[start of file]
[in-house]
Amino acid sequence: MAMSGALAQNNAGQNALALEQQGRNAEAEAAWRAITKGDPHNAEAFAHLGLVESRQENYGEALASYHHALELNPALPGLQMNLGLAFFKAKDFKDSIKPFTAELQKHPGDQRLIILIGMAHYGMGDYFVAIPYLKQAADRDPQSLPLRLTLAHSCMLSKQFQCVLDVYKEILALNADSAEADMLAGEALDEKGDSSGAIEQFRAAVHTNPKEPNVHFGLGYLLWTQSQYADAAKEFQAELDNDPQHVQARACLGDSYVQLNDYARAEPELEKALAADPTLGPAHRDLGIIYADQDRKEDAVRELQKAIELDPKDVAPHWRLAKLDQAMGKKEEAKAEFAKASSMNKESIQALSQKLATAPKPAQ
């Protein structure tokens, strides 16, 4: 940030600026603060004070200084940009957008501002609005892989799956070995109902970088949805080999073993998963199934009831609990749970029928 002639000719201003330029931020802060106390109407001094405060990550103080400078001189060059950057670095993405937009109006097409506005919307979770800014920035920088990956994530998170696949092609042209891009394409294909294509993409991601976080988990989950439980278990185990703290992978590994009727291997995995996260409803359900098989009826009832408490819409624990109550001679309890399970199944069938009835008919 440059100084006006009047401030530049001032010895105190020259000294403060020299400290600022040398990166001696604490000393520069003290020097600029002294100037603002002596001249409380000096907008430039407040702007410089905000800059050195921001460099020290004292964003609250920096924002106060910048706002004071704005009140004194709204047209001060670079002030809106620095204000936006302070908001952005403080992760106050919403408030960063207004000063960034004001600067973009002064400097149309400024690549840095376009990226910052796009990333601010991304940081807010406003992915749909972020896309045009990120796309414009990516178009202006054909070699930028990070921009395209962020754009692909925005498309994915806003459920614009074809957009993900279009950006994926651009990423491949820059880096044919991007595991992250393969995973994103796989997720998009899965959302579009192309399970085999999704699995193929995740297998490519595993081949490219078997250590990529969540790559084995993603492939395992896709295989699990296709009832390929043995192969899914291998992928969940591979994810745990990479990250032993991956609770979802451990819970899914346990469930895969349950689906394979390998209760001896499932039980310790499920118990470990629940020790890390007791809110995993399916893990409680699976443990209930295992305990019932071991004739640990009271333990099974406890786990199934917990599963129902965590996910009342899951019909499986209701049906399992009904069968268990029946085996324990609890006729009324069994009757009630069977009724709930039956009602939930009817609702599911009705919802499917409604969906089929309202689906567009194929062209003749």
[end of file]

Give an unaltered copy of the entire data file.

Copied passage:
[in-house]
Amino acid sequence: MAMSGALAQNNAGQNALALEQQGRNAEAEAAWRAITKGDPHNAEAFAHLGLVESRQENYGEALASYHHALELNPALPGLQMNLGLAFFKAKDFKDSIKPFTAELQKHPGDQRLIILIGMAHYGMGDYFVAIPYLKQAADRDPQSLPLRLTLAHSCMLSKQFQCVLDVYKEILALNADSAEADMLAGEALDEKGDSSGAIEQFRAAVHTNPKEPNVHFGLGYLLWTQSQYADAAKEFQAELDNDPQHVQARACLGDSYVQLNDYARAEPELEKALAADPTLGPAHRDLGIIYADQDRKEDAVRELQKAIELDPKDVAPHWRLAKLDQAMGKKEEAKAEFAKASSMNKESIQALSQKLATAPKPAQ
């Protein structure tokens, strides 16, 4: 940030600026603060004070200084940009957008501002609005892989799956070995109902970088949805080999073993998963199934009831609990749970029928 002639000719201003330029931020802060106390109407001094405060990550103080400078001189060059950057670095993405937009109006097409506005919307979770800014920035920088990956994530998170696949092609042209891009394409294909294509993409991601976080988990989950439980278990185990703290992978590994009727291997995995996260409803359900098989009826009832408490819409624990109550001679309890399970199944069938009835008919 440059100084006006009047401030530049001032010895105190020259000294403060020299400290600022040398990166001696604490000393520069003290020097600029002294100037603002002596001249409380000096907008430039407040702007410089905000800059050195921001460099020290004292964003609250920096924002106060910048706002004071704005009140004194709204047209001060670079002030809106620095204000936006302070908001952005403080992760106050919403408030960063207004000063960034004001600067973009002064400097149309400024690549840095376009990226910052796009990333601010991304940081807010406003992915749909972020896309045009990120796309414009990516178009202006054909070699930028990070921009395209962020754009692909925005498309994915806003459920614009074809957009993900279009950006994926651009990423491949820059880096044919991007595991992250393969995973994103796989997720998009899965959302579009192309399970085999999704699995193929995740297998490519595993081949490219078997250590990529969540790559084995993603492939395992896709295989699990296709009832390929043995192969899914291998992928969940591979994810745990990479990250032993991956609770979802451990819970899914346990469930895969349950689906394979390998209760001896499932039980310790499920118990470990629940020790890390007791809110995993399916893990409680699976443990209930295992305990019932071991004739640990009271333990099974406890786990199934917990599963129902965590996910009342899951019909499986209701049906399992009904069968268990029946085996324990609890006729009324069994009757009630069977009724709930039956009602939930009817609702599911009705919802499917409604969906089929309202689906567009194929062209003749």